Thursday, July 18, 2024
HomeKathy GyngellThe Kathy Gyngell Interview Part 2: Don’t write Boris off yet

The Kathy Gyngell Interview Part 2: Don’t write Boris off yet


YESTERDAY we published the first part of an interview with writer and former Tory candidate Louise Burfitt-Dons about her foray into the world of crime writing and her first novel, The Missing Activist. In the second part of this interview I asked Louise about the challenge of researching jihadi bride recruitment, her opinion of the current Conservative Party and what she hopes to see emerge from the current Brexit mess they have led us into.

K G: How hard was it to research the jihadi bride plot line? That came across very convincingly. How much were you aware of this reality in our lives before you began researching it for the novel?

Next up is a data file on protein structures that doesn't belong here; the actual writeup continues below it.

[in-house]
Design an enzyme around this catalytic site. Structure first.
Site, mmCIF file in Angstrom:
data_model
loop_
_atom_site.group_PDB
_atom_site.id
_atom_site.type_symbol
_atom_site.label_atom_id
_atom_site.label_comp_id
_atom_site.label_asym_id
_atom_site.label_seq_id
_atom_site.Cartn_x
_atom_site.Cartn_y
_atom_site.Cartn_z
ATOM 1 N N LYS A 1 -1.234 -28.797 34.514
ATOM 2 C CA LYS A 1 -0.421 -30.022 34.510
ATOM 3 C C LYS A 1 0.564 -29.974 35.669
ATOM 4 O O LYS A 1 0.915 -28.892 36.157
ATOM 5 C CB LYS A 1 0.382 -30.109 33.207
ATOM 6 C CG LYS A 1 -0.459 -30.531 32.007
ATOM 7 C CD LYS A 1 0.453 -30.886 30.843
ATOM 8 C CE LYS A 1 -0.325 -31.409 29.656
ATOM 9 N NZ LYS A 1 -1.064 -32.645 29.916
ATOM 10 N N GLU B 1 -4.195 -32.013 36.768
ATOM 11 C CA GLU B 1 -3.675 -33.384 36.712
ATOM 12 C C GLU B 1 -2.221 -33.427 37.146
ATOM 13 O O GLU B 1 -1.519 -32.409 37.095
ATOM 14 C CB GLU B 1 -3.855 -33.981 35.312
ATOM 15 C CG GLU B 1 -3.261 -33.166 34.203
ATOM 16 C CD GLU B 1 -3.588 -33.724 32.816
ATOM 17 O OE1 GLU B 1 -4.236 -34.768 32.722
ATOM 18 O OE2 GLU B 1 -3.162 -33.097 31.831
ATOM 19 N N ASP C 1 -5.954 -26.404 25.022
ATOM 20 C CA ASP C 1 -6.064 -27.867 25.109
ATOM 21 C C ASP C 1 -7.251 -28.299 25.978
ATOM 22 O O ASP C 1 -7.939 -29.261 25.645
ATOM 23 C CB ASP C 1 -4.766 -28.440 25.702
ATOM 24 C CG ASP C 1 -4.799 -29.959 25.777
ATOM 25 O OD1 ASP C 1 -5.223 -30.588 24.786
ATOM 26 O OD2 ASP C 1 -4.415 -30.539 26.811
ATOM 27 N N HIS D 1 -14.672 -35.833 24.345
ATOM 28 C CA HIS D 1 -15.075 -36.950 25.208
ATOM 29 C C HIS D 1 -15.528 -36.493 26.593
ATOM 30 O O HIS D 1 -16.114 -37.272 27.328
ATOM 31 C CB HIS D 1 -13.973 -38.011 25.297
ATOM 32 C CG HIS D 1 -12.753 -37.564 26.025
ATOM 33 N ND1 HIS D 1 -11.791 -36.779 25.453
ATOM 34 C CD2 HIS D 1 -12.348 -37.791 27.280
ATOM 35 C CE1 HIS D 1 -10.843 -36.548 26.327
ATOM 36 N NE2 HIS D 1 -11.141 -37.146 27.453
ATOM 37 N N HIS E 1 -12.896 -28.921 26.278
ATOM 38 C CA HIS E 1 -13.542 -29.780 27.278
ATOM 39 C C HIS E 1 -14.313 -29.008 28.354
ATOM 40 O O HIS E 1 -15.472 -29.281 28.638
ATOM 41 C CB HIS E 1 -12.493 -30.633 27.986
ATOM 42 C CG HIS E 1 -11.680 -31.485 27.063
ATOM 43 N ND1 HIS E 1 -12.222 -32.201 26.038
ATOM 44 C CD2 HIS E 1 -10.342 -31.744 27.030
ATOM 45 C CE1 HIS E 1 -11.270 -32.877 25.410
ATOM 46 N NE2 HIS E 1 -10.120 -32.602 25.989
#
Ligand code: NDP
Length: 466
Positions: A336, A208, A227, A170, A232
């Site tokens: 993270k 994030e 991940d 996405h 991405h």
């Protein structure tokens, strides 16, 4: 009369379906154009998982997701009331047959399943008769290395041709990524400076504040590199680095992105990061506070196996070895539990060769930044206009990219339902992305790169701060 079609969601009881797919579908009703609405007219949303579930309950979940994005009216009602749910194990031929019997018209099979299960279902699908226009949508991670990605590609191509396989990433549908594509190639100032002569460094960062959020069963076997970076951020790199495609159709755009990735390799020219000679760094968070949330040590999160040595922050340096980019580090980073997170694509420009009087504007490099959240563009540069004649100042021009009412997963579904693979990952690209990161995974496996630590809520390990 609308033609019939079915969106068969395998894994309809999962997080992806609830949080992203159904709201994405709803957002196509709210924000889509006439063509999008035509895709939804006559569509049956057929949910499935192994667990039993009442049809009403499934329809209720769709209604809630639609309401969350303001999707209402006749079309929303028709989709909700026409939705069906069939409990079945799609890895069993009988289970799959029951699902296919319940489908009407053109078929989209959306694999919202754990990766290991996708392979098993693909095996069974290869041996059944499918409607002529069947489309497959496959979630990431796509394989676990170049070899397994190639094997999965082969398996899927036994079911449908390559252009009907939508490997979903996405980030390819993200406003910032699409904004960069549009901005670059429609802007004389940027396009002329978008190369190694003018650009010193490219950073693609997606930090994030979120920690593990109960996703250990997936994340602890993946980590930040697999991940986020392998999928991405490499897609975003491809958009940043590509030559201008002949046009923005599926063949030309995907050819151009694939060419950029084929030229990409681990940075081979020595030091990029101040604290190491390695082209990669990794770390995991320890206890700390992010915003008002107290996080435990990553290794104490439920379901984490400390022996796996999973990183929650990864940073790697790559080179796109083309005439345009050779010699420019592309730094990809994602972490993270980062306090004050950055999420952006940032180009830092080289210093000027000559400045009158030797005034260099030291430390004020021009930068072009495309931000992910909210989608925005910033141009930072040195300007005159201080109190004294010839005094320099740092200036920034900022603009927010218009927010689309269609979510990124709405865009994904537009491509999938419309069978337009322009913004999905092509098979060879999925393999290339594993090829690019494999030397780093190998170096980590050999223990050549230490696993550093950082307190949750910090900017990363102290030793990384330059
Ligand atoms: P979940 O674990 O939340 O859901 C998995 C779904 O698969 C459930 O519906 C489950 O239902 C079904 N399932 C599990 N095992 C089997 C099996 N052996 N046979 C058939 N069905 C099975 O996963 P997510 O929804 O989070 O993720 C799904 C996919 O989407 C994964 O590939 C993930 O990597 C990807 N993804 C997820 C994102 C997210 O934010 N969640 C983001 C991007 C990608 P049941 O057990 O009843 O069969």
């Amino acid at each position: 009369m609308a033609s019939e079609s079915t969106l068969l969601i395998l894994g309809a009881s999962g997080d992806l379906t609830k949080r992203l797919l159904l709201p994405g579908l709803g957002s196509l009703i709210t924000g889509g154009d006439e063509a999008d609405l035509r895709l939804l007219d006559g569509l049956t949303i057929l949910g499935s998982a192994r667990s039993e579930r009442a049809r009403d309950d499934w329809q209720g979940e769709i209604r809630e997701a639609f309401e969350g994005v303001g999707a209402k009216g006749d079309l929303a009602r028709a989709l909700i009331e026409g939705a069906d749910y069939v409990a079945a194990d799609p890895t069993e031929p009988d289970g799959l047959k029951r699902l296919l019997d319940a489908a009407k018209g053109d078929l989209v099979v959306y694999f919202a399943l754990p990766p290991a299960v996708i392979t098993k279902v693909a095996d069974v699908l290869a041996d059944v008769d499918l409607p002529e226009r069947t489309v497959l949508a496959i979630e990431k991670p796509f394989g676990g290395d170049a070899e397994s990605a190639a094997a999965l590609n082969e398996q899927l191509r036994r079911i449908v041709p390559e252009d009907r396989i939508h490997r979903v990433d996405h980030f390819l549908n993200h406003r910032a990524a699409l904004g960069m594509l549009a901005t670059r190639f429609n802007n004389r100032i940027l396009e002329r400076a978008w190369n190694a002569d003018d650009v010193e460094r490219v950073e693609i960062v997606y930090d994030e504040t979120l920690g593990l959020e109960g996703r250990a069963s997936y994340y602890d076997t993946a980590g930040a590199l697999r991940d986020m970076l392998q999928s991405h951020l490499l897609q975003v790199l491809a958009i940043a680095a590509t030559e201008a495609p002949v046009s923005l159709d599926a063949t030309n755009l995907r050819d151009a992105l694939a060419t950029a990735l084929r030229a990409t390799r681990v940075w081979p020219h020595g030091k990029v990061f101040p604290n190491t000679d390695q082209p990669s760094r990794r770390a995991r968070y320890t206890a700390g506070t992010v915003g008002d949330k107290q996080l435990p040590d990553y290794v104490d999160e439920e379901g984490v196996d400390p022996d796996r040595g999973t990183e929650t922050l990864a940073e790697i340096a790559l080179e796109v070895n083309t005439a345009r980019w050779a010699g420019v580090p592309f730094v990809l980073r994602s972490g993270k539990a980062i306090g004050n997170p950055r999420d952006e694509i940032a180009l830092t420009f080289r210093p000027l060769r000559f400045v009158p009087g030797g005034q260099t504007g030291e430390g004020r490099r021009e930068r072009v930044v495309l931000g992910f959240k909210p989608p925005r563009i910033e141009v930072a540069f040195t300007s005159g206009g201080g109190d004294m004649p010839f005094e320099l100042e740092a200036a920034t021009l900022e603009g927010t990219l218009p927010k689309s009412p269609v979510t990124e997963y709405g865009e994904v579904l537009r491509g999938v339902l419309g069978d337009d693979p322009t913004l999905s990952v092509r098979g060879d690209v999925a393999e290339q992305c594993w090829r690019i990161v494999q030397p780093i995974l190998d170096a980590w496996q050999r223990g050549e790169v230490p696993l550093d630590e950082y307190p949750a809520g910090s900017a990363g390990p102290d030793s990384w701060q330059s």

L B-D: I had been following the jihad bride recruitment situation since it first hit the media because of the extraordinary motive which was driving it. Regarding research, I managed to find quite a bit online and also delved into the world of Twitter, Instagram and Facebook to discover some of the lingo! I also spent time in coffee shops in a variety of immigrant areas around London. I’m afraid I eavesdrop on conversations to try to get the tone right in my dialogue sections.

Did the research for it take you into tricky situations or encounters? Did you meet with hostility? Did you get people to talk to you direct or did you have to deduce it from secondary sources?

When I was at the Tory Party Conference, and long before plotting this thriller, I came up with the scenario which is at the end of the book. Tackling the jihad situation as regards the radicalisation of teenagers I had to rely on secondary sources mostly. However I’m hoping to gain access to a first-hand source for my sequel.